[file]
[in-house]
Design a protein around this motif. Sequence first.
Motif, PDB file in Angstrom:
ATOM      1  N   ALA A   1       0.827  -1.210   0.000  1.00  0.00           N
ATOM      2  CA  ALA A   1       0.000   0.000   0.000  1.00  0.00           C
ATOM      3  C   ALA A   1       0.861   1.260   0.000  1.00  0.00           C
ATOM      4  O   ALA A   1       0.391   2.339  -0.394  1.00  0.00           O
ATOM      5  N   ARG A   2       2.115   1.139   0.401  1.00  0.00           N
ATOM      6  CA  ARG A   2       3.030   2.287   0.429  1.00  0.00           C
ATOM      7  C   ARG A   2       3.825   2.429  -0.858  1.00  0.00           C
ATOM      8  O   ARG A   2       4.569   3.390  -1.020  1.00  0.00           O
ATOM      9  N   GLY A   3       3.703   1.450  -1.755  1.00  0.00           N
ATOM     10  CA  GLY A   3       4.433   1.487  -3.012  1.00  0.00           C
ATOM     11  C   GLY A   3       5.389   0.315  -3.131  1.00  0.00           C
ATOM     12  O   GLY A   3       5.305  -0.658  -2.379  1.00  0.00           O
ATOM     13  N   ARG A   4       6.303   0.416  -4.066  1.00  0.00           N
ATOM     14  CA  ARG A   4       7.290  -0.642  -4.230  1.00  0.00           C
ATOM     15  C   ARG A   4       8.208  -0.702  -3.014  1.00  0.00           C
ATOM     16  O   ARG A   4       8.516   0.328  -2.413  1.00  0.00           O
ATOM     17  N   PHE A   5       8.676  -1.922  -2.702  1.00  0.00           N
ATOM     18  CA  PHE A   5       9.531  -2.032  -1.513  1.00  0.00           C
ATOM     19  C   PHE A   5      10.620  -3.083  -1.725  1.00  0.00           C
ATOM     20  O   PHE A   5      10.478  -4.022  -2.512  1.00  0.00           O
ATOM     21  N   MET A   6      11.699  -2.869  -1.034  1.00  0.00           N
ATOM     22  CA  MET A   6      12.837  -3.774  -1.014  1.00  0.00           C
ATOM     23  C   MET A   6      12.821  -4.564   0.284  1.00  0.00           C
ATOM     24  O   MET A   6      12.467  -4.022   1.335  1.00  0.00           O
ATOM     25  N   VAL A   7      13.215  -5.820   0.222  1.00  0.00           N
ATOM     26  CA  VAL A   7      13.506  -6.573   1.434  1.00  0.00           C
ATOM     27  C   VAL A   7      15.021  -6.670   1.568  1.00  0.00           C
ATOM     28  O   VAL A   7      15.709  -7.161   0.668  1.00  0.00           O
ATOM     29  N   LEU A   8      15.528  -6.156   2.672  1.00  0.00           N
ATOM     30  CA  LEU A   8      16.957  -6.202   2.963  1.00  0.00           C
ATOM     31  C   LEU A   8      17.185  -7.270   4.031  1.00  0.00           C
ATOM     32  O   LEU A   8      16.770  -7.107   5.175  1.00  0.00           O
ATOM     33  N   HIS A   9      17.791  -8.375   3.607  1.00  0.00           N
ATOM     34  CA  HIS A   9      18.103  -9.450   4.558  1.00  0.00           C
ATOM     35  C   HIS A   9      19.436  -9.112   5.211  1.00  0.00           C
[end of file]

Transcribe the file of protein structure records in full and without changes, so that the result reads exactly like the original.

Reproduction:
[in-house]
Design a protein around this motif. Sequence first.
Motif, PDB file in Angstrom:
ATOM      1  N   ALA A   1       0.827  -1.210   0.000  1.00  0.00           N
ATOM      2  CA  ALA A   1       0.000   0.000   0.000  1.00  0.00           C
ATOM      3  C   ALA A   1       0.861   1.260   0.000  1.00  0.00           C
ATOM      4  O   ALA A   1       0.391   2.339  -0.394  1.00  0.00           O
ATOM      5  N   ARG A   2       2.115   1.139   0.401  1.00  0.00           N
ATOM      6  CA  ARG A   2       3.030   2.287   0.429  1.00  0.00           C
ATOM      7  C   ARG A   2       3.825   2.429  -0.858  1.00  0.00           C
ATOM      8  O   ARG A   2       4.569   3.390  -1.020  1.00  0.00           O
ATOM      9  N   GLY A   3       3.703   1.450  -1.755  1.00  0.00           N
ATOM     10  CA  GLY A   3       4.433   1.487  -3.012  1.00  0.00           C
ATOM     11  C   GLY A   3       5.389   0.315  -3.131  1.00  0.00           C
ATOM     12  O   GLY A   3       5.305  -0.658  -2.379  1.00  0.00           O
ATOM     13  N   ARG A   4       6.303   0.416  -4.066  1.00  0.00           N
ATOM     14  CA  ARG A   4       7.290  -0.642  -4.230  1.00  0.00           C
ATOM     15  C   ARG A   4       8.208  -0.702  -3.014  1.00  0.00           C
ATOM     16  O   ARG A   4       8.516   0.328  -2.413  1.00  0.00           O
ATOM     17  N   PHE A   5       8.676  -1.922  -2.702  1.00  0.00           N
ATOM     18  CA  PHE A   5       9.531  -2.032  -1.513  1.00  0.00           C
ATOM     19  C   PHE A   5      10.620  -3.083  -1.725  1.00  0.00           C
ATOM     20  O   PHE A   5      10.478  -4.022  -2.512  1.00  0.00           O
ATOM     21  N   MET A   6      11.699  -2.869  -1.034  1.00  0.00           N
ATOM     22  CA  MET A   6      12.837  -3.774  -1.014  1.00  0.00           C
ATOM     23  C   MET A   6      12.821  -4.564   0.284  1.00  0.00           C
ATOM     24  O   MET A   6      12.467  -4.022   1.335  1.00  0.00           O
ATOM     25  N   VAL A   7      13.215  -5.820   0.222  1.00  0.00           N
ATOM     26  CA  VAL A   7      13.506  -6.573   1.434  1.00  0.00           C
ATOM     27  C   VAL A   7      15.021  -6.670   1.568  1.00  0.00           C
ATOM     28  O   VAL A   7      15.709  -7.161   0.668  1.00  0.00           O
ATOM     29  N   LEU A   8      15.528  -6.156   2.672  1.00  0.00           N
ATOM     30  CA  LEU A   8      16.957  -6.202   2.963  1.00  0.00           C
ATOM     31  C   LEU A   8      17.185  -7.270   4.031  1.00  0.00           C
ATOM     32  O   LEU A   8      16.770  -7.107   5.175  1.00  0.00           O
ATOM     33  N   HIS A   9      17.791  -8.375   3.607  1.00  0.00           N
ATOM     34  CA  HIS A   9      18.103  -9.450   4.558  1.00  0.00           C
ATOM     35  C   HIS A   9      19.436  -9.112   5.211  1.00  0.00           C